How did tensions between Braddock’s army and colonists shape the expedition? There is much evidence of political and social conflict between the Americans and the British Empire, personified in Braddock and his army. Historically, Britons feared standing armies as threats to their political liberties and economic wherewithal. Once Braddock and his force landed in Virginia, conflict quickly ensued with various colonial governments over supplying, quartering, recruiting, and financing Braddock’s and other British forces in America. The 1755 campaign rudely awakened British authorities to the growing political independence of the 13 colonies.
Why was funding an issue? The British had expected colonial legislatures to supply Braddock’s expedition and to vote public monies to a common fund for defense to be controlled by Braddock, who was commander in chief of British forces in America. The American legislatures balked at the costs and often refused to surrender control of public monies. Braddock and other British officers blamed the expedition’s delays on the uncooperative colonial governments.
So what? Braddock and other British commanders sent report after report to London calling the colonies uncooperative, unpatriotic, and even disloyal. The colonies contributed enormous sums of money and manpower to British victory in the war, but many London politicians developed an idée fixe of Americans as ungrateful. After the war, Parliament directly taxed colonists, to make them partially responsible for funding their own defense, and to lessen their political independence.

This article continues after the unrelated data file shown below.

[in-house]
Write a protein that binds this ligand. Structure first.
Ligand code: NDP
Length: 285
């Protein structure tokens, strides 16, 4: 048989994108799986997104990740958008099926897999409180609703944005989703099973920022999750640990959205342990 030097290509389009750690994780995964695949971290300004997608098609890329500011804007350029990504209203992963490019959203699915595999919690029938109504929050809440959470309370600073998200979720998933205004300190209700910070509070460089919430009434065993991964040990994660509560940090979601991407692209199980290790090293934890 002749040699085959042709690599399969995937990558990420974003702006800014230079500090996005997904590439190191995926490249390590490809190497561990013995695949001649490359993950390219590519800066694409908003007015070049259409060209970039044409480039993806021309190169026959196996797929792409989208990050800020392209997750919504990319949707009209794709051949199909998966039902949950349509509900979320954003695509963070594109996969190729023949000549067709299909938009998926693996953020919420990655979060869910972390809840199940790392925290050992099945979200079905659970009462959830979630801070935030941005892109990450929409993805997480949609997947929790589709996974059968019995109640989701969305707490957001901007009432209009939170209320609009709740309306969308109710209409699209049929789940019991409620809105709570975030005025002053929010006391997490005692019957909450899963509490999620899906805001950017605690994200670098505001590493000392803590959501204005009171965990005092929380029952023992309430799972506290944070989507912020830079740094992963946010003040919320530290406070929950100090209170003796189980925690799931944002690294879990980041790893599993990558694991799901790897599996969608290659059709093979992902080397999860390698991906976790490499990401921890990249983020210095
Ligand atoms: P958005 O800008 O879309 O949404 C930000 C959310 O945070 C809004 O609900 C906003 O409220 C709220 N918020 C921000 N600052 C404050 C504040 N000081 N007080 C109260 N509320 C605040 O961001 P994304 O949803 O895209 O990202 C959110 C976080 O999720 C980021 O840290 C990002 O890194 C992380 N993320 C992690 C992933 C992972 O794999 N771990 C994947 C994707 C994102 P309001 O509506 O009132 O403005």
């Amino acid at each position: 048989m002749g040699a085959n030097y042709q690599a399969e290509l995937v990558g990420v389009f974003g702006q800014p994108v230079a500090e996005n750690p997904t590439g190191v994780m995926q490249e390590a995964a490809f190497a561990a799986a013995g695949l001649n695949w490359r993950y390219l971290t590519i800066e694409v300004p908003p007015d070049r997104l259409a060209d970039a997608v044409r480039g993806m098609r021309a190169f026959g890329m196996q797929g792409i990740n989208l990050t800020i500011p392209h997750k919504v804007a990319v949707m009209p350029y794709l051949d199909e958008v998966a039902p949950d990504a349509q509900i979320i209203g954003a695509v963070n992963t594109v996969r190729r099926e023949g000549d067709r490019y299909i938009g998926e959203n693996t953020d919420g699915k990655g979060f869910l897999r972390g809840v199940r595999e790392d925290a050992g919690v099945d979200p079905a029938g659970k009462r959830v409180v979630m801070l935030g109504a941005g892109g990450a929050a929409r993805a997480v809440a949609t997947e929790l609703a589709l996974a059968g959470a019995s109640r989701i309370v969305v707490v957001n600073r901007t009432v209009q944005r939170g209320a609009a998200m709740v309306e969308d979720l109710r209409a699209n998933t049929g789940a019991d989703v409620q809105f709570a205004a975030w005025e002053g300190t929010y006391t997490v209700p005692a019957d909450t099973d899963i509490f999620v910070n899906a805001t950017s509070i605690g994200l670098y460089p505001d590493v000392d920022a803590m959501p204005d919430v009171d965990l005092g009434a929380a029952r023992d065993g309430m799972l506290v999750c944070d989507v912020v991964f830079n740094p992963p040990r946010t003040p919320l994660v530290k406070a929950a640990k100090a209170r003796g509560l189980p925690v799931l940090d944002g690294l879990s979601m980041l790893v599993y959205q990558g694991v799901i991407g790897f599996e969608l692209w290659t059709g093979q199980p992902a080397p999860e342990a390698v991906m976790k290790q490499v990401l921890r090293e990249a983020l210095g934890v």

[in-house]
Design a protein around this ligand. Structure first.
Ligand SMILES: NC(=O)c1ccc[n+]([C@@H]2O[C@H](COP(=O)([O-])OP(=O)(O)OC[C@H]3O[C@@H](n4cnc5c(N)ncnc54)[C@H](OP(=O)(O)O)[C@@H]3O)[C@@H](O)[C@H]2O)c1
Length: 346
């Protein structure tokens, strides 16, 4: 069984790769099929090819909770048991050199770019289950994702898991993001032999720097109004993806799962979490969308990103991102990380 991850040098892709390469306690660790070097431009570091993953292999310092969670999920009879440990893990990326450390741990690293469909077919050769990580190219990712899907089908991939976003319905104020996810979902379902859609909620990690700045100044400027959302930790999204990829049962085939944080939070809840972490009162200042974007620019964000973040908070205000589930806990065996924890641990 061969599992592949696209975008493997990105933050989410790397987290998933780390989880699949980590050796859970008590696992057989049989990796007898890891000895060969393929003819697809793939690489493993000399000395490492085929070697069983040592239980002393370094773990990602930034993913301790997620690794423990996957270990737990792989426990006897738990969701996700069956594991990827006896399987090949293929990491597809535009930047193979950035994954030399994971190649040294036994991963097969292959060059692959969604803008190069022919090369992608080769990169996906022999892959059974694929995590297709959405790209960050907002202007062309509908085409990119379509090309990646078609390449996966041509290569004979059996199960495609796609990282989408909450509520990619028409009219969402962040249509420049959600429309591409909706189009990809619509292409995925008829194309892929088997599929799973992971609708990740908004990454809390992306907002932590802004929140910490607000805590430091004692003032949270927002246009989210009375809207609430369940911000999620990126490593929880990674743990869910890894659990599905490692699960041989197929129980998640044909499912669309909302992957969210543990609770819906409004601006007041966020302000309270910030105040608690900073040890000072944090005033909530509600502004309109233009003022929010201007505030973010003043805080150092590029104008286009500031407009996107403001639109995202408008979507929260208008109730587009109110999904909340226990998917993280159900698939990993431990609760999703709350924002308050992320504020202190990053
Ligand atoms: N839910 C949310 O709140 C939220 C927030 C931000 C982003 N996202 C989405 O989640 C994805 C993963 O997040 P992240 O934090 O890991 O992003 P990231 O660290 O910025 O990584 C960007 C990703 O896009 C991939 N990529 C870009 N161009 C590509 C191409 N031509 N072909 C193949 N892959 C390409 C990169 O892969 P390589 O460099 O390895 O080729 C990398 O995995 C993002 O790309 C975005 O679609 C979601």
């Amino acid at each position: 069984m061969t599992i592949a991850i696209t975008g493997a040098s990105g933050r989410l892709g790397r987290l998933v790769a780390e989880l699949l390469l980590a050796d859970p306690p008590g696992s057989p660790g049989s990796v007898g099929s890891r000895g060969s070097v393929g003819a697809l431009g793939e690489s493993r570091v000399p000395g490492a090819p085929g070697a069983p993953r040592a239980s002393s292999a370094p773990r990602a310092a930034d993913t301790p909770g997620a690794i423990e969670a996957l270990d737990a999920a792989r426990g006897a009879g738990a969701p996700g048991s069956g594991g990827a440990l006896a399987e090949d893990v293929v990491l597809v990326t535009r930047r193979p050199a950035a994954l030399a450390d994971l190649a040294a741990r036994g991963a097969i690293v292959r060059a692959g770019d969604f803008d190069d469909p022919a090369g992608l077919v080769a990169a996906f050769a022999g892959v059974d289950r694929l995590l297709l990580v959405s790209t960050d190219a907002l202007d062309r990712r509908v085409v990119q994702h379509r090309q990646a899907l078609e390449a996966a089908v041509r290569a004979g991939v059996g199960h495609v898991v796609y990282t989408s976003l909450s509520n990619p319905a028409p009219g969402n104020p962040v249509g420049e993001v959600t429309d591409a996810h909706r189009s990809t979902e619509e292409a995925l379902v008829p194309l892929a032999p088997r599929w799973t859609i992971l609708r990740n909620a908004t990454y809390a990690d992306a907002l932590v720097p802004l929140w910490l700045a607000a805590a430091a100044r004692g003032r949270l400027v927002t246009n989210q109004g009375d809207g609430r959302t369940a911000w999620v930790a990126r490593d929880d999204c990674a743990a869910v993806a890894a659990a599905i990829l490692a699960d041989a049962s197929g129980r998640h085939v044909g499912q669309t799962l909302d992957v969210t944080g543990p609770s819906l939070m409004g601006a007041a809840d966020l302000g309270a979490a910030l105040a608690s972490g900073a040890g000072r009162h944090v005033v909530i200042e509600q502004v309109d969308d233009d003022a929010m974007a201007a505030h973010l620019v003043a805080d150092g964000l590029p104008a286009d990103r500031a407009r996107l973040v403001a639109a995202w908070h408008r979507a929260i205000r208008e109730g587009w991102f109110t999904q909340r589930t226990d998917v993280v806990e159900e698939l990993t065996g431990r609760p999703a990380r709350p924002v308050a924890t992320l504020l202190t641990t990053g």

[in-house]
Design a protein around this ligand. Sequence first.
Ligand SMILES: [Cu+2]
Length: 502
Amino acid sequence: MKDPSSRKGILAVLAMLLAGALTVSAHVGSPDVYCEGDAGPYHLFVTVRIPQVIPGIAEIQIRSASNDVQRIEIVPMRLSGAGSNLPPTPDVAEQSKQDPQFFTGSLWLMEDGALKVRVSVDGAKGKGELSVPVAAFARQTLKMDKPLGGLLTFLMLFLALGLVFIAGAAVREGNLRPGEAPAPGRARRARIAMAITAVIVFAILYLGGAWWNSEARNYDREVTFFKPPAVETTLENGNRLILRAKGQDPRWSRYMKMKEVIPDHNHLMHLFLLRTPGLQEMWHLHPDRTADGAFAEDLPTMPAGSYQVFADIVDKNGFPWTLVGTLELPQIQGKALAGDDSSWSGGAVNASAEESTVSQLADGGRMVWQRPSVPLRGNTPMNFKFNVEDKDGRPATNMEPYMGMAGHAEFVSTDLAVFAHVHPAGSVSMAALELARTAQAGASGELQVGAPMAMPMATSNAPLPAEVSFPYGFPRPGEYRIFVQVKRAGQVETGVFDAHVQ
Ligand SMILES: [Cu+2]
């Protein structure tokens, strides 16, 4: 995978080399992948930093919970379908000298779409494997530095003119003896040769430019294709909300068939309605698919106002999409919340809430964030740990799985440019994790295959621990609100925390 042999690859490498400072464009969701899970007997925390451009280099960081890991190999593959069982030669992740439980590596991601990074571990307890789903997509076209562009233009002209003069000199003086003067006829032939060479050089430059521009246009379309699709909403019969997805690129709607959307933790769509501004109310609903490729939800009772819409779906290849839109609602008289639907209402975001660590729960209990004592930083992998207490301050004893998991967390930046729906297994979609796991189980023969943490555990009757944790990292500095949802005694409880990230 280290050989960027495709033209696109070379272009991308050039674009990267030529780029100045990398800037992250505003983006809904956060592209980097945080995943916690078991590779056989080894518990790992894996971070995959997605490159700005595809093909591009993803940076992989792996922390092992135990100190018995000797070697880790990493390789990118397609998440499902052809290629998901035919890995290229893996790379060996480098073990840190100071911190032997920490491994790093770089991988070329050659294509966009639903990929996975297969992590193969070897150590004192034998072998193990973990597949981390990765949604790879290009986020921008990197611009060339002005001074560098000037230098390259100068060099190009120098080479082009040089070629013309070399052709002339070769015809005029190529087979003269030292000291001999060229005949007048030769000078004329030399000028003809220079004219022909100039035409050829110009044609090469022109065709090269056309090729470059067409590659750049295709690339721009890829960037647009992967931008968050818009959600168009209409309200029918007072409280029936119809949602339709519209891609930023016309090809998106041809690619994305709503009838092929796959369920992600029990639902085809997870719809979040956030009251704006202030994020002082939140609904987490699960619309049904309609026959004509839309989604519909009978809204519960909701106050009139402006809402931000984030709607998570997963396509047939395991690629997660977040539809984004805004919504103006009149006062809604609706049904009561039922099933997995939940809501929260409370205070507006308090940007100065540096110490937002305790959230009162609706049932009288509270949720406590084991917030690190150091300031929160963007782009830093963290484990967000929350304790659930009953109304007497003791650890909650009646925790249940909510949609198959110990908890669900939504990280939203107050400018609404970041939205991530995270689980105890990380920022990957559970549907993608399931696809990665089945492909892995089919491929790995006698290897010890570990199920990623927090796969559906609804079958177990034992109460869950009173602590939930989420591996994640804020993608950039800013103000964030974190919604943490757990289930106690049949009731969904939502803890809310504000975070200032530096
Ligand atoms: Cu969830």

The French operated differently. By the 1750s, French colonists had been in the New World for generations and identified as Canadians. Elite French Canadians often became commissioned officers in the French military and through decades of service at far-flung locations around New France gained noble status or royal preferment. They dealt intimately with Indian allies, learning their languages and cultures. Most important, those French soldiers learned the Indian way of war. Braddock’s French opponent, Captain Daniel-Hyacinthe-Marie Liénard de Beaujeu, was a veteran of irregular combat. He knew how to negotiate with Indian allies comprising two-thirds of his force.
What is the lesson of Braddock’s defeat? Braddock’s defeat, in its time and in history, shows a confident conventional army coming to naught against an unconventional force in a foreign environment many British soldiers found terrifying. It also shows how armies as institutions often unlearn hard-fought lessons. In 1775, the British army suffered a shocking defeat at the Battle of Concord, a running action that many compared to Braddock’s defeat 20 years earlier. And in turn, Native American warriors in the Northwest Territories decisively defeated U.S. Army forces at the Battle of the Wabash in 1791—St. Clair’s Defeat—and in the Montana Territory at the Little Bighorn in 1876—Custer’s Last Stand. As the United States continues military operations in Iraq, Syria, and Afghanistan, Braddock’s defeat testifies to the importance of understanding tribal polities and the worlds they frame.